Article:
Spectator, see your skin was pricked by the psychologically burdensome content of iTulip. You must, I believe, admit that to read all posted here is some form of self-flagellation. You would be happier if you knew nothing of what is discussed on this board, wouldn't you? I would.

qwerty
01-29-07, 06:20 PM
"In modern times, it has been speculated that the more extreme practices of mortification of the flesh may have been used to obtain altered states of consciousness for the goal of experiencing religious experiences or visions;"
(http://en.wikipedia.org/wiki/Flagellant)

Keep giving us the strokes Eric.


By the way, your doubting of global warming is the best piece of news I've had today.

Those simulations they've been cranking out (probably for twenty odd years now) have all been predicting warming. They (scientists) are pretty good at simulating the weather, nuclear detonations, spread of epidemics - what do you have against the global warming ones?

Tet
01-29-07, 07:03 PM
If I were the Ford's preparing to take my company private again, I would certainly want to buy the shares back at $7 or $8 instead of $30.


When I was at a conference in Atlanta a few years ago, I had dinner with a guy in middle management in Ford's financing department. He said, and I quote: "We don't make cars. We are a bank that lends money so that people can buy cars. We might as well be making soap."
Obviously Ford doesn't let the finance guys go to China, Ford makes cars in China in very highly advanced, highly automated, state of the art factories there. Yes I'm saying the Ford family doesn't care about the stock price, why would they they haven't sold a share since the company went public. The Ford's make their money on the dividend and there is a huge pile of loot sitting in China right now that the Fords would like to pay out as a private dividend rather than a public dividend. Yes the Fords are painting the picture that the company is being run into the ground. Why wouldn't they, they can buy the whole thing back on the cheap.

jk
01-29-07, 08:11 PM
tet, ford and gm can't get rid of the pension and health liabilities unless they take the companies through bankruptcy, at which point it's the bond holders, not the stock holders, who'll own it.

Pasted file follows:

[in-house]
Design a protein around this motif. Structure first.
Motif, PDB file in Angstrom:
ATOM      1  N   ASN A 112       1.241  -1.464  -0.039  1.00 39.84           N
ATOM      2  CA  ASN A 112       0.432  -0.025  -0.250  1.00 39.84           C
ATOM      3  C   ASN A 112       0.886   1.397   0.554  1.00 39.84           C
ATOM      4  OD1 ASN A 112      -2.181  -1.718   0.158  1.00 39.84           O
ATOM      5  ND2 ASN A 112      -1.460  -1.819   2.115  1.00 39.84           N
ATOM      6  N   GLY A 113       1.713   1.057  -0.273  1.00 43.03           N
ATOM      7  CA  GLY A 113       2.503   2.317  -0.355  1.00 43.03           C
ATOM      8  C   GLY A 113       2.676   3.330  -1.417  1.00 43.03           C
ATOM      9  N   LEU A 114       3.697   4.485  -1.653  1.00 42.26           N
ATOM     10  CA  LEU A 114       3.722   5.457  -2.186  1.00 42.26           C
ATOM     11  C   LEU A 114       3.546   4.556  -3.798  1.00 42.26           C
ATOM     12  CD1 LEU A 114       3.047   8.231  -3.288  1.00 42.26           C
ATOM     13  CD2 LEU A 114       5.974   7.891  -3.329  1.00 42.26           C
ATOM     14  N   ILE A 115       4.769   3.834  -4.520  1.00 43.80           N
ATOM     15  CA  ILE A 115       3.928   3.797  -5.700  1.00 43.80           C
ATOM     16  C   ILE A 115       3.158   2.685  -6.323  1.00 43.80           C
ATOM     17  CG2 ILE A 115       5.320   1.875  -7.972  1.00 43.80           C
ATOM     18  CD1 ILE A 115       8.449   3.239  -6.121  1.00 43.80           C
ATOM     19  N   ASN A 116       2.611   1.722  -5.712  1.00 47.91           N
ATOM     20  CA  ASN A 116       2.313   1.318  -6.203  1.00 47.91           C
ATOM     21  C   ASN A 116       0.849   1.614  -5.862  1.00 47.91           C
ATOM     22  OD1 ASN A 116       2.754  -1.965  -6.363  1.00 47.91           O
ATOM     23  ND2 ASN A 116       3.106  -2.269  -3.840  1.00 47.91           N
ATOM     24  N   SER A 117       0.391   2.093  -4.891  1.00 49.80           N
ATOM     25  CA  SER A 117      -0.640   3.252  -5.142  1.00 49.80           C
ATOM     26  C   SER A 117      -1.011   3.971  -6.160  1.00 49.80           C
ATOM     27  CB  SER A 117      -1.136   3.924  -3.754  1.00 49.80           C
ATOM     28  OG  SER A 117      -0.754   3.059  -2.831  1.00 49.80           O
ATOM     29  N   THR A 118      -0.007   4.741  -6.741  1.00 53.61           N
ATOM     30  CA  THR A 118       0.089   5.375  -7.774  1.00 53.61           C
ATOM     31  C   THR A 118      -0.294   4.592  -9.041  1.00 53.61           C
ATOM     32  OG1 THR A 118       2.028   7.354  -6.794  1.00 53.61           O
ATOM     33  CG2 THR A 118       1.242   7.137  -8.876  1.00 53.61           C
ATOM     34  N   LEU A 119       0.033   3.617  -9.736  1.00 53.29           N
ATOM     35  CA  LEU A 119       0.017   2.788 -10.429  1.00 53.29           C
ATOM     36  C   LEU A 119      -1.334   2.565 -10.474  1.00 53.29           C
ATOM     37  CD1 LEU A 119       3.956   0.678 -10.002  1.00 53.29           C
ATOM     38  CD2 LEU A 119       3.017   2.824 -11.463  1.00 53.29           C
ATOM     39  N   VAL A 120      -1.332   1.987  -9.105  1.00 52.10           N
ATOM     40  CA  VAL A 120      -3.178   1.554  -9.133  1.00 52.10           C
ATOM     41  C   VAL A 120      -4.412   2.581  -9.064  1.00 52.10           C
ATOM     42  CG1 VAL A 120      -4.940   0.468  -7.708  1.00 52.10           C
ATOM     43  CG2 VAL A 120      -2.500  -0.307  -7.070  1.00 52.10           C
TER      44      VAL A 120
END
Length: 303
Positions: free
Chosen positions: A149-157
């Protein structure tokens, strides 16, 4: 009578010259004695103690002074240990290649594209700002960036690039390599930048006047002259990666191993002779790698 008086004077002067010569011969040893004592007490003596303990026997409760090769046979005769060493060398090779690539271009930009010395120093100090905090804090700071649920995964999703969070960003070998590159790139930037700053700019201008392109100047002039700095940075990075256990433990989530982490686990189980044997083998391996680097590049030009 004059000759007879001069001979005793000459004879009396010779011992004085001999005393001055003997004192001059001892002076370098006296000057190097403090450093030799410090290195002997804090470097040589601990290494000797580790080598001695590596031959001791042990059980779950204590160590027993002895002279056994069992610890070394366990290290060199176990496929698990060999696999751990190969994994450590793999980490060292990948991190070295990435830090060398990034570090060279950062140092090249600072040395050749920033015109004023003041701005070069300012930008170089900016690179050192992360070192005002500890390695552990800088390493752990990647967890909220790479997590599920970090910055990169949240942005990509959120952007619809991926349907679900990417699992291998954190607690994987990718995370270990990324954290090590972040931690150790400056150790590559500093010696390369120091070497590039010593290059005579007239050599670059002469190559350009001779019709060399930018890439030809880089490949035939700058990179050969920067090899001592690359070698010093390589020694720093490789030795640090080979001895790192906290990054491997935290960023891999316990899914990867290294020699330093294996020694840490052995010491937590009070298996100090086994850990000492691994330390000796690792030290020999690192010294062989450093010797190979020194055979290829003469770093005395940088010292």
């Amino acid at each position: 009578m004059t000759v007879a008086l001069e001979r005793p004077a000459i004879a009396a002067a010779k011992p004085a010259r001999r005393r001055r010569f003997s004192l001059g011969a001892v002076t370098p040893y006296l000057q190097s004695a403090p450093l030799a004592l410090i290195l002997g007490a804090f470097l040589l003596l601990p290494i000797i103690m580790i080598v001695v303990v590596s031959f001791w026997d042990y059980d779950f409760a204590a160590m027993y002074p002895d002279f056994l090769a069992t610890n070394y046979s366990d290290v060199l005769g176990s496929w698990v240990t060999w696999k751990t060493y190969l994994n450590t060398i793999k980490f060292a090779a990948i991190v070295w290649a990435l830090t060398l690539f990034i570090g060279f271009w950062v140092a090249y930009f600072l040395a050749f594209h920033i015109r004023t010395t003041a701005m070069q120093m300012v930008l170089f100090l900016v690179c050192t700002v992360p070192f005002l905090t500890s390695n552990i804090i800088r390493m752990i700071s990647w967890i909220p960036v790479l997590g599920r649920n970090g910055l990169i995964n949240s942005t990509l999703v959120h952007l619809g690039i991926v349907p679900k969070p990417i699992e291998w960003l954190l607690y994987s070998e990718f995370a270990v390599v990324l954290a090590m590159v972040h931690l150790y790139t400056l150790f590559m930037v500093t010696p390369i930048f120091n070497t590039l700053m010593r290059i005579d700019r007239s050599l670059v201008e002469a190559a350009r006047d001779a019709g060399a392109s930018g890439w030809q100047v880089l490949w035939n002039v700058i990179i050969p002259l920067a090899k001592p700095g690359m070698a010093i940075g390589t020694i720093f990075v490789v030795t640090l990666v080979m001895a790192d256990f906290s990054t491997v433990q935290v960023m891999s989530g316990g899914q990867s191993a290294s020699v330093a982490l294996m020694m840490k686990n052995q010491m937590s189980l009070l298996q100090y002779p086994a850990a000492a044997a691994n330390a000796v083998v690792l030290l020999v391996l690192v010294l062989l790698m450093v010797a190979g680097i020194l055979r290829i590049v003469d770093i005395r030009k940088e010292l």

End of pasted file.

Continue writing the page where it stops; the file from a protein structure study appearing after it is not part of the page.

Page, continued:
ej, i'll second qwerty here:

They (scientists) are pretty good at simulating the weather, nuclear detonations, spread of epidemics - what do you have against the global warming ones?
you'll be able to sail north from boston and around to alaska soon, watching the polar bears drown.

Ann
01-29-07, 09:34 PM
Spectator, see your skin was pricked by the psychologically burdensome content of iTulip. You must, I believe, admit that to read all posted here is some form of self-flagellation. You would be happier if you knew nothing of what is discussed on this board, wouldn't you? I would.

See the happy idiot,
He doesn't give a damn.
I wish I were an idiot.
My God! Perhaps I am.

-Anon:rolleyes:

EJ
01-29-07, 09:58 PM
"In modern times, it has been speculated that the more extreme practices of mortification of the flesh may have been used to obtain altered states of consciousness for the goal of experiencing religious experiences or visions;"
(http://en.wikipedia.org/wiki/Flagellant)

Keep giving us the strokes Eric.


By the way, your doubting of global warming is the best piece of news I've had today.

Those simulations they've been cranking out (probably for twenty odd years now) have all been predicting warming. They (scientists) are pretty good at simulating the weather, nuclear detonations, spread of epidemics - what do you have against the global warming ones?

I love this kind of thread. We got some folks here saying we'd have to get the earth closer to the sun to warm it up, which I know isn't true–the theory that more heat gets in an atmosphere when there's more CO2 in it is provable. Then we got others who say global warming models have the predictive value of weather models. Weather models are good for looking out about two weeks into the future. After that, they get pretty bad. Ten years? Really not good.

If you look at the 163 comments over on Reddit (http://reddit.com/info/11f0d/comments) you'll see the majority of this high tech centric group view global warming is more ideology than science. I'm pretty sure it's more science than ideology, but then as a lad in college I thought the Club of Rome "Limits to Growth" book was the last word on that topic. No matter how sympathetic I am with the issue emotionally–who isn't for not wrecking the environment?–I need to see clear, irrefutable causation before i defend the idea of global warming with conviction, and I don't see why that's so hard to come up with. Showing graphs of CO2 and noting that there's no snow in Maine or Finland in January and the ice caps are melting is not science. The ice caps have melted before and re-froze. It's been warm in Boston before, just not in the lifetime of anyone around today. When it was 70 degrees in Boston three weeks ago, everyone you ran into would say, "Wow. Global warming." Now it's friggin' 19 degrees out and the temp was 3 degrees the other day when I got up, but I don't hear anyone saying, "All clear. Global warming is over!"

The tobacco companies kept the anti-smoking groups at bay for decades with doubts. They were hammered with evidence. The story was broken by my friend Rob Stein at the Washington Post. The turning point, if you recall, was a whistle blower who revealed with hard evidence that the tobacco companies were in fact intentionally creating confusion. If the oil companies are creating the uncertainty that's causing policy paralysis on global warming, then where's the same level of evidence? Where are the whistle blowers?